In today’s workplace, many employers provide their staff with electronic devices with which to perform duties.
From cellular telephones to laptop computers, these are now tools of the trade for many occupations.
Most employers would, I believe, assert that the technology they provide to their employees is the company’s property and is to be used strictly for work-related purposes.
The reality of their employee’s use of the employer’s technology may be entirely different.
It is becoming commonplace that devices provided to employees are used for a mix of work and personal purposes.
Employees make personal calls, send personal emails, download Internet content, and save personal files on those devices.
Numerous sticky questions arise from this mixed use.
One relates to the degree to which the employee has a reasonable expectation of privacy over his or her personal content.
An Ontario court has ruled that employees do have a right to privacy in relation to their personal content stored on an employer-provided device.
This decision is sure to spark an ongoing debate in the courts about the nature and extent of this privacy right.
Cole was an Ontario high school teacher who was charged criminally with possession of child pornography and unauthorized use of a computer.
He had been provided with a laptop by his school for his use in teaching communication technology and in supervising a laptop program for students.
He accessed a student’s email account, found nude photographs of another student, and copied them onto his laptop’s hard drive.
A school technician later searched the laptop, found the explicit images, and advised the school’s principal.
The school then required Cole to turn over the laptop, copied the objectionable content onto a disc, and analyzed his online searching history.
The laptop and discs were handed over to police.
The issue arising from his case, which recently reached the Ontario Court of Appeal, was whether Cole had a reasonable expectation of privacy in the contents of a work computer.
The court noted that there is little authority in Canada on the issue of whether an employee has a reasonable expectation of privacy in a work computer. It found, here, that the “conventions and customary use by teachers” of the school computers were consistent with the existence of a reasonable expectation of privacy.
Although it was a work computer owned by the school board and issued for employment purposes, the school gave the teachers possession of the laptops, explicit permission to use them for personal use, permission to take them home during evenings and weekends and summer vacation, and allowed them to use passwords to exclude access by others.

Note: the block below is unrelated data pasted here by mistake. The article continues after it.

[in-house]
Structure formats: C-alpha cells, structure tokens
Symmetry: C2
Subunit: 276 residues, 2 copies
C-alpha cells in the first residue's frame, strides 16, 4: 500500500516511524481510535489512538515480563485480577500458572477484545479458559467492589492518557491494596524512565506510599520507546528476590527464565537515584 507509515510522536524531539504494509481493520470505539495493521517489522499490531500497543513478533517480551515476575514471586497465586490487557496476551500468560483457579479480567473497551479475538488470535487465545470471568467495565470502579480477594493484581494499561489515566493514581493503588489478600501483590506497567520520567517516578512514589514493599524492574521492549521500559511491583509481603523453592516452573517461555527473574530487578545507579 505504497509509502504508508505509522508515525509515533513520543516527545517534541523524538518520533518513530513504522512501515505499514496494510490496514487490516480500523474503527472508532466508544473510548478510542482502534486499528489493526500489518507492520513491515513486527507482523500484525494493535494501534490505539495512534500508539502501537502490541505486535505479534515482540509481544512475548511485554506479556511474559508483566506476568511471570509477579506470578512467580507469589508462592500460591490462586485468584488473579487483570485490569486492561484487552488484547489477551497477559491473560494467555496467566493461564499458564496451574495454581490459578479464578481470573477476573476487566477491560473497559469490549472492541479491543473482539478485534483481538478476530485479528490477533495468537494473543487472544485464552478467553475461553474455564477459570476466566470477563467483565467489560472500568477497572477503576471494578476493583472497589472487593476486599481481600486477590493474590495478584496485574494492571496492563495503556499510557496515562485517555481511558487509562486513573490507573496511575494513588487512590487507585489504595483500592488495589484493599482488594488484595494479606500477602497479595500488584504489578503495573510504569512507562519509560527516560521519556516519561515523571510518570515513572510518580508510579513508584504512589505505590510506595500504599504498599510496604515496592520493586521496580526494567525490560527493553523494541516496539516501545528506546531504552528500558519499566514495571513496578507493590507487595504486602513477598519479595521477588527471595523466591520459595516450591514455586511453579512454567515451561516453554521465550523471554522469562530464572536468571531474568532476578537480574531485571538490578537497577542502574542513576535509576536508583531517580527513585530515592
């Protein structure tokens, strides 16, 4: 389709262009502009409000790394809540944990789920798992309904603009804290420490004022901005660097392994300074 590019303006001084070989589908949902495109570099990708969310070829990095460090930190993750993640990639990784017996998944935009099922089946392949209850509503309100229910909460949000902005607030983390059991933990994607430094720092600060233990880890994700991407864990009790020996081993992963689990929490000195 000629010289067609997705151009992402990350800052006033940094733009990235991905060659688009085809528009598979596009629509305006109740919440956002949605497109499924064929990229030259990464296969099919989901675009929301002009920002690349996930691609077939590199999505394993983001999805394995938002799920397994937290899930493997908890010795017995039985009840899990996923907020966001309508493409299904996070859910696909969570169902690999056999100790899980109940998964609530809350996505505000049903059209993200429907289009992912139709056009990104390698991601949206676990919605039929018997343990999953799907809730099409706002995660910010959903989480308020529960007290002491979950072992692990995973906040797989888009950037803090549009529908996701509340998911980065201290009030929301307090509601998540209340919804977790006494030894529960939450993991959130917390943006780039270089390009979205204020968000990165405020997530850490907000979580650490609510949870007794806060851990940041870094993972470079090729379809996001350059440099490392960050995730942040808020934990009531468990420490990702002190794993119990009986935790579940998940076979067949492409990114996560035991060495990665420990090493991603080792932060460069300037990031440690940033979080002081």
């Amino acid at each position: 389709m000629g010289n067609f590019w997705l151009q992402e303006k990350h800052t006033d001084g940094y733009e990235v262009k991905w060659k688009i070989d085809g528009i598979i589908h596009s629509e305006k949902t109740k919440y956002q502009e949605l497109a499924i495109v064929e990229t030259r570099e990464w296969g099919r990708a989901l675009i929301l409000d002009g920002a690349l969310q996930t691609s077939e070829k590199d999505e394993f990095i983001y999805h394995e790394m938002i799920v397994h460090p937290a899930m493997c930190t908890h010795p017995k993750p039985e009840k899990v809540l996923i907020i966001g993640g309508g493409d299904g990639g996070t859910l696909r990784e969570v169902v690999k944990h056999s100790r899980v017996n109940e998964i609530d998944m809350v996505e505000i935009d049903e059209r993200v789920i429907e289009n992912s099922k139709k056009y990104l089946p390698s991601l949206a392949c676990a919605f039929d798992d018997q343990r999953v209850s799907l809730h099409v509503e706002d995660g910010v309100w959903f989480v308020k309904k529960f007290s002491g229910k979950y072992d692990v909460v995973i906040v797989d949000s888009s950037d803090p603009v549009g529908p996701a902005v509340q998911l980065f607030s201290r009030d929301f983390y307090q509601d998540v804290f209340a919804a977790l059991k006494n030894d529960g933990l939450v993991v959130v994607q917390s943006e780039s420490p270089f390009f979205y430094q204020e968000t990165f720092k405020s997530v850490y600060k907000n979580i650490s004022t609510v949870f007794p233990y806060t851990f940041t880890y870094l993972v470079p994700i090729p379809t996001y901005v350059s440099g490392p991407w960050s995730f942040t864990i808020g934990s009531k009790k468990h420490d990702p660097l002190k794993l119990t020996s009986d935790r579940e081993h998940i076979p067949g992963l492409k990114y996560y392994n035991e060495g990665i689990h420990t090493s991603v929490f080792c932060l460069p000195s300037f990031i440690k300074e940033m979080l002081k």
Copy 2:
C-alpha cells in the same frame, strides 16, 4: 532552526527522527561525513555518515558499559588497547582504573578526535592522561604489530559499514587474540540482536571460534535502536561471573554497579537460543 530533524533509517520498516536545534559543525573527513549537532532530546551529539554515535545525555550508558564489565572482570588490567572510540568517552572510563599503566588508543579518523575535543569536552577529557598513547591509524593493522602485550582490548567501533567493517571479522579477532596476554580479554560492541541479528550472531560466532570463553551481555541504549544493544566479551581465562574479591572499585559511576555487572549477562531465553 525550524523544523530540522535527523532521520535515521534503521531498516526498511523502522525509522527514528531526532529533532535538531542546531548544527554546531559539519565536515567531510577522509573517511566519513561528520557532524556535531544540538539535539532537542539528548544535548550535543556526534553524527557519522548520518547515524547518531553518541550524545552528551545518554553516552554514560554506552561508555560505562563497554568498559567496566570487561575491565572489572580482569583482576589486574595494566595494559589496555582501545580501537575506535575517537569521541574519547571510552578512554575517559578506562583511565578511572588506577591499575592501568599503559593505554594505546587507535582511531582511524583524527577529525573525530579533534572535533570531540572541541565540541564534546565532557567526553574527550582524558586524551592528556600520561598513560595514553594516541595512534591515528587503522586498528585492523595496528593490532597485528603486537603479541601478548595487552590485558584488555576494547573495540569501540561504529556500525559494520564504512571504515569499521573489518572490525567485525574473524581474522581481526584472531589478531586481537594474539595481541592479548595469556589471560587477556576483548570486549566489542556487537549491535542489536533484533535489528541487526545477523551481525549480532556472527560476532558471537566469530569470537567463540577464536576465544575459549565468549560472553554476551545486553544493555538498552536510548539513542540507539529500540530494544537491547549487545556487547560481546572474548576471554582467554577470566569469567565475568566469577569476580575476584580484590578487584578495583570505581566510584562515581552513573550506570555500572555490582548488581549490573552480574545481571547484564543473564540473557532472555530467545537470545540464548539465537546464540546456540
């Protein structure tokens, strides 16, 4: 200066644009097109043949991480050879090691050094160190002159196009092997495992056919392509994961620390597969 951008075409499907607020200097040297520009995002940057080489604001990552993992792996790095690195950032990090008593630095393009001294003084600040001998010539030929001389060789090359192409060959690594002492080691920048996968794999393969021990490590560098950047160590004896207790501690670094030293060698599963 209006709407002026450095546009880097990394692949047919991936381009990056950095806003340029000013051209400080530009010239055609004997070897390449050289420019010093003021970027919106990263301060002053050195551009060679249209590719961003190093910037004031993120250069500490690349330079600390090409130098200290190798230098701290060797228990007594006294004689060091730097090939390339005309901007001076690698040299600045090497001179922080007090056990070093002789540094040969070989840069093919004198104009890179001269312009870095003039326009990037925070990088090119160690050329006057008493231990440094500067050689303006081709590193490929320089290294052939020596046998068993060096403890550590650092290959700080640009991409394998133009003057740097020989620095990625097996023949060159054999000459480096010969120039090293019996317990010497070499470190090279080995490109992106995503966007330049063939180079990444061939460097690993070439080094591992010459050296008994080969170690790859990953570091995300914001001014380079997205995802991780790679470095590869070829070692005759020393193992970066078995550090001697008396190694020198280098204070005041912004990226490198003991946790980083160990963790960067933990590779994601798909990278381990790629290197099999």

Critically, there was no clear and unambiguous policy giving the employer the right to monitor, search, or police the teachers’ use of the computers.
The court found that the teachers’ right to privacy was modified, but not displaced, by the fact that the school’s technician could and would access the laptops as part of his role in maintaining the school’s network.
Although Cole’s case was decided in the criminal law context, the comments by the Court of Appeal will surely resonate in civil cases involving the workplace relationship.
Several lessons can be derived from the Cole decision.
First, if employers provide their staff with computers in part for personal usage, they should expect that content of a personal nature will find its way onto those devices.
Second, if the employer wishes to restrict personal usage, it had better have a clear policy to that effect and it must take steps to enforce compliance with that policy.
Third, in order to enforce compliance the employer should be periodically searching those computers to ensure personal content has not made its way on board.
Whether most employers are prepared to take these steps is questionable.
Many will simply accept the fact that personal content on workplace devices is a sign of the times in which we live and work.
Robert Smithson is a labour and employment lawyer, and operates Smithson Employment Law in Kelowna. This subject matter is provided for general informational purposes only and is not intended as legal advice.